Protect & Winterize Home Before Heading South: Tips for Snowbirds

Winterize home before heading southIf you’re a snowbird who will be heading south soon to escape the cold winter months, here’s a list of steps you can follow to winterize your home and protect your property before you go. Investing the extra time to properly prepare and secure your home before you depart will free you from the worries of leaving an empty house and minimize costly repair bills.

Yard – Clean gutters to prevent ice dams and allow melting snow to drain away from the house (and not into the basement); trim tree branches located near the home and power lines; arrange for a snowplow service to plow driveway and shovel walkway so your home looks occupied after major snowstorms.

Water system – Turn off and drain the water heater; wrap all pipes in unheated areas of the home including attic, basement, crawlspace and garage with insulated tape or flexible molded pipe sleeves; install a water alarm and flood sensor that will alert you of flooding before extensive damage is done; backwash water softener system and disconnect; check sump pump to be sure it is working properly and not blocked; turn off outside water faucets using basement shut-off valve; leave faucets open to prevent freezing and cracking; disconnect, drain and store garden hoses in garage or shed; turn off and drain outdoor sprinkler system.

Seal air leaks around windowsSeal air leaks — Inspect exterior doors and windows for drafts and install weather-stripping and caulking where you detect cold air leaks; close fireplace damper; replace damper door if it is deteriorating; seal air leaks around other exterior openings including dryer vents, pipes and electrical wiring.

Heating system – Have a professional inspect your furnace to ensure that it is working properly; clean or replace the filters; set thermostat to around 55°F (12.7°C) to prevent frozen pipes; install a phone-based freeze alarm or Internet thermostat to alert you of changing conditions, such as a power outage and/or drop in temperature.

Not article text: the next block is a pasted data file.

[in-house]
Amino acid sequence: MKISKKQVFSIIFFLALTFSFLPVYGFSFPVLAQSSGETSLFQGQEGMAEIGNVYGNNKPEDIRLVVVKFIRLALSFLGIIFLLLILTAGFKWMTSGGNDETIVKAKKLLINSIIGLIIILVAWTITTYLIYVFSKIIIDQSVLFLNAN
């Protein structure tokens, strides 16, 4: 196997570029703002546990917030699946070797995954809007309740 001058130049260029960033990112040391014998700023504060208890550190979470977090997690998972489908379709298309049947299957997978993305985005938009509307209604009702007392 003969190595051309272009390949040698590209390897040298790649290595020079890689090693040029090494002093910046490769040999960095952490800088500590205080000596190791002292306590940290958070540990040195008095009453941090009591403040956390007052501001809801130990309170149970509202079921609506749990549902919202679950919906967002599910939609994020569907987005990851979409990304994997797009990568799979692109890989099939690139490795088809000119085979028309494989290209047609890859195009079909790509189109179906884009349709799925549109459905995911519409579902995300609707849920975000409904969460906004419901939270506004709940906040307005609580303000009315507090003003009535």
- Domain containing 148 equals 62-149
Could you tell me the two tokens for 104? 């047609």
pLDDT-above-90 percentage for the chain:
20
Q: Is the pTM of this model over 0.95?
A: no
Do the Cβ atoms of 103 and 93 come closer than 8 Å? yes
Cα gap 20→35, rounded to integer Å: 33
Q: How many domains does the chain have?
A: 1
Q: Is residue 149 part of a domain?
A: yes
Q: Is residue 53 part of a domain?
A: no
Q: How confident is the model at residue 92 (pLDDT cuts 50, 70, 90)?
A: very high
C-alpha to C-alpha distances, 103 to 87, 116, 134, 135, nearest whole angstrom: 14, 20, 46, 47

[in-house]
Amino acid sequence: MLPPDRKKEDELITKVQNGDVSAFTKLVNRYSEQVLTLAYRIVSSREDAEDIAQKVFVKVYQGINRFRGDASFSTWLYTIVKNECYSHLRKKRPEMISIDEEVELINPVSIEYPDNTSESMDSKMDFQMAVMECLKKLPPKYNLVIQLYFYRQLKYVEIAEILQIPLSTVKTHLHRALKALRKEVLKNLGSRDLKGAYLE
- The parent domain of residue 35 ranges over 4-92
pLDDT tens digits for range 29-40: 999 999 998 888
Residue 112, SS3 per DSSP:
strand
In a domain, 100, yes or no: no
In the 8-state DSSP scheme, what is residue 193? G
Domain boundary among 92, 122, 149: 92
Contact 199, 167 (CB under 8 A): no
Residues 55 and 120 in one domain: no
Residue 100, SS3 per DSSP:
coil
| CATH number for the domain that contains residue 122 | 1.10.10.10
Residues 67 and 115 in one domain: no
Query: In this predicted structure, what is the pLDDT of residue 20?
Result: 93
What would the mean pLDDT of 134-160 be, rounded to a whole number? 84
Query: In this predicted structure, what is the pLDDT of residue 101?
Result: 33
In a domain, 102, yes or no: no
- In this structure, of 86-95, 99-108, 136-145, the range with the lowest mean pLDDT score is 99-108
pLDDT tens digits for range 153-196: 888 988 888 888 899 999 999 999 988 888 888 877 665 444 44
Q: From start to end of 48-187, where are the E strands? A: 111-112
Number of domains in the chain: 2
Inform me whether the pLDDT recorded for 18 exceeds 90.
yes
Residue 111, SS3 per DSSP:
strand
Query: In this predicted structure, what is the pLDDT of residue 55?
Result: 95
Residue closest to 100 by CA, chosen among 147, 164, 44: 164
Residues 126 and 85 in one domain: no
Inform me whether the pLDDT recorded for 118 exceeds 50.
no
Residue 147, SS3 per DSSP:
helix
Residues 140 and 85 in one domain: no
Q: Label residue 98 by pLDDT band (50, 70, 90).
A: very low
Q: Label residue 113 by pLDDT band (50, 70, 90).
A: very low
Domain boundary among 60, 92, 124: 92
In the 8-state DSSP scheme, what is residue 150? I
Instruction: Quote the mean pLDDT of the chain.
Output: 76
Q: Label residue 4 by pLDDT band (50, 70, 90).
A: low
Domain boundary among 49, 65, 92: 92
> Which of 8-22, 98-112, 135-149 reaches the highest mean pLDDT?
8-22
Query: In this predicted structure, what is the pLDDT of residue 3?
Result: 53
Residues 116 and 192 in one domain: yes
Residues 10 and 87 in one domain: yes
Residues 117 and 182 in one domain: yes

Appliances – Turn off and disconnect water lines to washing machine and leave the valves open; throw out perishable foods in refrigerator and freezer; leave refrigerator and freezer running or empty them completely, unplug and prop doors open; unplug TVs, computers, microwave ovens and other electrical appliances that are vulnerable to sudden power surges.

Video Surveillance SystemSecurity – Install automatic timers to turn inside lights on and off at random times so home appears occupied; install exterior spotlights and floodlights with timers and/or motion detectors to deter intruders; partially close blinds, drapes and shades to make it difficult for intruders to look in while still giving the impression that the house is occupied; hide all expensive items and lock up any valuables or move them off-site; install a video surveillance system to remotely monitor your home through live or playback video and watch over the Internet or a smart phone; or, consider installing an autodialer remote monitoring system that can be customized to monitor for temperature changes, security, flooding, humidity, smoke and more.

Alert trusted neighbors and local police that you will be away; ask neighbors to check on the house weekly and leave them a contact phone number, or, hire a professional caretaking service to check inside and outside the house each week; install a DIY wireless security system to contact you directly of a break-in or disturbance.

Mail, newspapers and utilities– Stop mail and newspaper delivery; ask the post office to forward first class mail so you can stay current on bills; contact your internet provider and cable company to stop service or start vacation hold.

Insurance – Check your homeowners insurance policy to be sure you have adequate coverage; contact your insurer to learn what precautions you must take to ensure coverage during an extended absence (many policies have clauses excluding homes not occupied for 30+ days); prepare an inventory of your home’s contents and bring it with you in case you have to file a claim while you are away; photograph or videotape your home and valuables and note date of purchase and original cost.

Most of these steps to prepare and winterize your home can be accomplished yourself in a weekend, although it’s advisable to have a reputable plumber or HVAC service person inspect your water and heating systems. If you are really concerned about leaving your home empty for an extended period of time, consider hiring a reliable house-sitter who can run the household, oversee home maintenance, watch out for emergencies 24/7, and even care for pets.

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  1. Pingback: Leaving for Winter? Use Hidden Cameras to Protect Property

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